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Hey chicken skin. I have what? Keratosis Pilaris.

on March 28, 2014

Most likely you, or someone you know has Keratosis Pilaris (KP). In fact, it is estimated that 50% of all adults have KP, while the percentage skyrockets for children and teens (80%). Here are a few photos of my own patients that I have taken over the years. All of these are KP – none of them are acne.

kp3 KP – right side of face (female)

kp1

 

 

 

 

 

KP – elbow (male)

 

kp2 KP, dark skin tone, back of arm (male)

kp4 KP, back of arm (female)

 What is keratosis pilaris (KP)?  The bumps you see are excess protein (called keratin)—that have filled the hair follicle because the skin cannot properly shed the dead skin cells covering the follicle.  (This process also occurs in acne, which is why both conditions are so common in adolescence.)  The bumps can become inflamed, itchy, and irritated when dry or dehydrated. KP is identified by the accumulation of little bumps on your skin induced by the accretion of keratin inside the trapped hair follicles creating a plug. Often, when I use this explanation, clients will exclaim “but I don’t have hair on the back of my arms!” Yes, you do. It’s normally very fine and blonde or white – but if KP is present, the hair can’t break through the follicle (hence some of the problem). Before we begin with how to tame KP skin – understand that KP is a very common skin condition that is almost always problematic aesthetically, but poses no threat clinically and is not contagious. Often, KP does not require medical treatment, but it can be embarrassing – and is one of the most misdiagnosed conditions.   The most common sites for KP are the backs of the arms and upper thighs, however – I have seen adolescents with KP on their forehead and on their cheeks, and on a toddlers trunk. It can look like fleshy bumps, bumps that appear to be whiteheads that never surface, when exfoliated often what comes out of the skin is described as “little seeds”, or the bumps can be in red/purple patches that are dry and somewhat irritated. Keratosis pilaris is often misdiagnosed as a rash, dermatitis, acne, rosacea, or eczema. While most people with KP will not need to see a dermatologist for a medical treatment for KP, I think it is a good idea to have a professional diagnosis, especially when a bothersome skin condition does not respond to suggested home remedies or persists longer that two weeks. There are many offices that have products that come in kits for KP that can be pricey and often do not work. Before attempting over-priced harsh, “one size fits all” kits, let’s go over what to do – and , more importantly – what not to do. Here are some facts, tips and tricks to deal with KP:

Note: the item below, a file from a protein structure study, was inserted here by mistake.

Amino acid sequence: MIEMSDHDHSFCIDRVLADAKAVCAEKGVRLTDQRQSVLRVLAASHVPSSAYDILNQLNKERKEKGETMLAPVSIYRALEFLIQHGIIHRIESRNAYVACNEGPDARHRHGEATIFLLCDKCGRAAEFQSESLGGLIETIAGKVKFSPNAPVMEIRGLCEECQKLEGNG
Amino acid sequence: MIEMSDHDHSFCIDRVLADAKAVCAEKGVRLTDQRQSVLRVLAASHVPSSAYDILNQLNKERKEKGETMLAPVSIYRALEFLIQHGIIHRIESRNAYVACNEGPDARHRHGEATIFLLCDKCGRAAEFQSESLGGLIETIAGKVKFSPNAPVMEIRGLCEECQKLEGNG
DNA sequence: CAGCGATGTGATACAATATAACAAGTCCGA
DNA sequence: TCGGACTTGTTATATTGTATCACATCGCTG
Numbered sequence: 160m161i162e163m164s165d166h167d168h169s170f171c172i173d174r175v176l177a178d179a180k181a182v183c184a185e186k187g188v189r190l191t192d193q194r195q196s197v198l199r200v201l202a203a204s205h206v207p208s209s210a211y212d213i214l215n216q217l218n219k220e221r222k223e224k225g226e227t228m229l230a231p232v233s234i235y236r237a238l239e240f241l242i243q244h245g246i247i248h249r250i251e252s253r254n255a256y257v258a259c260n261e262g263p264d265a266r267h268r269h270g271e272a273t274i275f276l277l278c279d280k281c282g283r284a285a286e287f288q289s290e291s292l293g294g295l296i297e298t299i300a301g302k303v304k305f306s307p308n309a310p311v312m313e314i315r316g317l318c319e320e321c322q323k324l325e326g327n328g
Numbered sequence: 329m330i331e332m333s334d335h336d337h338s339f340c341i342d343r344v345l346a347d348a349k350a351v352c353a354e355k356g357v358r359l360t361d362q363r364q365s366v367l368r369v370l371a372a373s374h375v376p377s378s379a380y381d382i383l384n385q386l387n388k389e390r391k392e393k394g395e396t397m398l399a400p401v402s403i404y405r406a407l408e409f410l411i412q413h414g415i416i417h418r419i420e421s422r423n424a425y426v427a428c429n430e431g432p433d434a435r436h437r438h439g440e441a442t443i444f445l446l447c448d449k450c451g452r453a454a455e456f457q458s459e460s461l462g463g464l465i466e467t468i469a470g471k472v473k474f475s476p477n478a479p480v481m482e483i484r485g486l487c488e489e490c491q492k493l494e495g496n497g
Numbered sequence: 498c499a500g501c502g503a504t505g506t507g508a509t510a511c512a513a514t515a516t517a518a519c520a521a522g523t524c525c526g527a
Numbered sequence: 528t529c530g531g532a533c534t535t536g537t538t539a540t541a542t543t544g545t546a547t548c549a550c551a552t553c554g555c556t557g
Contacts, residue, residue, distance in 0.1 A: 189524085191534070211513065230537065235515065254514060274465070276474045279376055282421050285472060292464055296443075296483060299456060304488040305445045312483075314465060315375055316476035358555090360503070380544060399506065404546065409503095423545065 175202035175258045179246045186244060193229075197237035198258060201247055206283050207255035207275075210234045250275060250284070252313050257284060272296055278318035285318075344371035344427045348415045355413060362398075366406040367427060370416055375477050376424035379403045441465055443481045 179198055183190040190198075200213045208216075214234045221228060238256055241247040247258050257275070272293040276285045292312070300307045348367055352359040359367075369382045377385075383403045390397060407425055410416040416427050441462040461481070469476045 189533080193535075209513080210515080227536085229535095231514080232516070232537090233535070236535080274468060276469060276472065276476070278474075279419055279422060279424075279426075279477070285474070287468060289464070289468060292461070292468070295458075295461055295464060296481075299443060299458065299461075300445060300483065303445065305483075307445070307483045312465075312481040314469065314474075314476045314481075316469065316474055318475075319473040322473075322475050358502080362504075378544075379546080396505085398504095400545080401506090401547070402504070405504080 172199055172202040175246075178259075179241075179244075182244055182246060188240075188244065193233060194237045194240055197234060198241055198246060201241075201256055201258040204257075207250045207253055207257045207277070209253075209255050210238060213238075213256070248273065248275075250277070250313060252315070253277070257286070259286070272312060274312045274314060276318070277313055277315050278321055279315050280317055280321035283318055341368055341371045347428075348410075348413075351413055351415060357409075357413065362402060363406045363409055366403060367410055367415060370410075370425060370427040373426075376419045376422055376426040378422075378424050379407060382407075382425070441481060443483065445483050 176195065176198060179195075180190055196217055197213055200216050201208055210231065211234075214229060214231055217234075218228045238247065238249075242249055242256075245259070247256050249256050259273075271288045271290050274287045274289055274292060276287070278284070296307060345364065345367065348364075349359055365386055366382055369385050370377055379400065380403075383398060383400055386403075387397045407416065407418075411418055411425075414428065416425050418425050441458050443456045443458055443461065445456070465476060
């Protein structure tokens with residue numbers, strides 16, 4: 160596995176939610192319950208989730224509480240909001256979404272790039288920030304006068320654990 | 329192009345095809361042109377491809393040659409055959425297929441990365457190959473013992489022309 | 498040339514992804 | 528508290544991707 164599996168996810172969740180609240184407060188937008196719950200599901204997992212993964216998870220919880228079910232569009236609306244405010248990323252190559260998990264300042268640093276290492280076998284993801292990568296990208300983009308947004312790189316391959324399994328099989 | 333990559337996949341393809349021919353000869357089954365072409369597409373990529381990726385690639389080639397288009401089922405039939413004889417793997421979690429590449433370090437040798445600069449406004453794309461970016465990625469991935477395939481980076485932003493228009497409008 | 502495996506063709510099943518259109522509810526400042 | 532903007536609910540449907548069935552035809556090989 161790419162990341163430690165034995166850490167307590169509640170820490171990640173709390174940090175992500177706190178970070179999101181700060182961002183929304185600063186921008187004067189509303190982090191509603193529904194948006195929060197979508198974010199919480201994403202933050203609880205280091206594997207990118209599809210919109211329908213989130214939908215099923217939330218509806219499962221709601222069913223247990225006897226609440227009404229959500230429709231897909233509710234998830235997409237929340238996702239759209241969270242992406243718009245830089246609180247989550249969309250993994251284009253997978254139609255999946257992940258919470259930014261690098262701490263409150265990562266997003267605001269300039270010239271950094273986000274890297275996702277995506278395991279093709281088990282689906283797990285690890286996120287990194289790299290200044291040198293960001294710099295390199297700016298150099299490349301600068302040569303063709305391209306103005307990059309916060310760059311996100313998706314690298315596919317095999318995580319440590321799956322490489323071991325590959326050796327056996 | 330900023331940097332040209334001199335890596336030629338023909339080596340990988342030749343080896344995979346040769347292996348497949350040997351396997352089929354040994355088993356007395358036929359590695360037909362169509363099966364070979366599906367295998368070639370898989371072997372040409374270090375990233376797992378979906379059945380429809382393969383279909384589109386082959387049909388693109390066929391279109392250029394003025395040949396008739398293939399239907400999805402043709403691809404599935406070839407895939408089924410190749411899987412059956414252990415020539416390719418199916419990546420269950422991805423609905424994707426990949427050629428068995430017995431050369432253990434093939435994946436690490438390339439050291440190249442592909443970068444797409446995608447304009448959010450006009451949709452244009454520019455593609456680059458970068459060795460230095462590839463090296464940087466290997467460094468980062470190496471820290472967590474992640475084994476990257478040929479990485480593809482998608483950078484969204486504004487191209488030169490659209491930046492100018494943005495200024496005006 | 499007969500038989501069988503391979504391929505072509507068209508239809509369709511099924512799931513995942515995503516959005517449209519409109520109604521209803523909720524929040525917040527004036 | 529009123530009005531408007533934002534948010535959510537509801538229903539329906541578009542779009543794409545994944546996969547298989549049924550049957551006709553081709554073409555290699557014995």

• Keratosis pilaris is hereditary (inherited as an autosomal dominant gene.) This is similar to the brown versus blue eye color phenomenon. All it takes is one single gene from either parent to find oneself with less than perfectly smooth skin. But not everyone can point a finger at who’s to blame since on average, only 40% of KP patients have a positive family history. Therefore, if no one in your family has ever had KP, my next question would be related to your diet. Not every case, but in many cases, I have found that if clients eliminate wheat and dairy from their diet, their KP will disappear. You do not have to be diagnosed as having Celiac disease in order to suffer with side-effects from these food choices. It’s worth a try, right? It also will most definitely make you feel better. You’re skin will glow!Even if you don’t have obvious digestive problems, if you suffer from skin conditions, allergies, weakened immune system, or even psychological imbalance – it is very likely linked to a digestive weakness and/or gut flora imbalance. This can be due to a chronically poor diet, a period of high stress, or even as little as a single course of antibiotics at some point in your life. “Healing your gut” is usually not a quick and easy process, but something that you cultivate over time. I know there are some of you reading this blog and the very second you see “eat better, stop eating junk food” the sound of the teacher talking on the Peanuts plays in your head (the trombony “whaa-whaa-whaa”). Well, it’s the truth. If you have to hear it – it might as well be from me. Anyone who knows my story, knows that I was hospitalized in 1996 for 42 days, and darn-near died as a result. I had gut issues (misdiagnosed, like, forever) and as a result of the exploratory surgical procedures – ended up with chronic pancreatitis complicated with pancreatic pseudocysts (those buggers can and will try to kill you!)  It wasn’t until many years later I discovered I was one of the 3 patients who survived the clinical study I didn’t know I was in. That’s right, 7 of my clinical study participants died. Let me tell you how horrible my skin looked, then!  I know many of my clients see me regularly because I am one of the few (perhaps the only?) skincare professional in the area who will not try to sell you a skincare product line that costs as much as your mortgage. Yes, I do use some products (when needed), but there are few. (See products on right side bar of this blog). In addition, I have been told, I am the only professional that will also let you know that I will not take your money under the guise of making you feel better about yourself if your skin would just clear up – when, you are a smoker with no intentions of quitting, someone who will never eat a balanced whole food diet, or who will never exercise. My laser is a laser. It targets chromophores in your skin. It is not a magic wand. It will not make you look better than you ever have. If someone is selling you that, run. Don’t walk. (see, you can get moving!). Will I work with you? Yes. Baby steps are okay. Sometimes it’s a mysterious puzzle, but with honesty and teamwork – it can be done.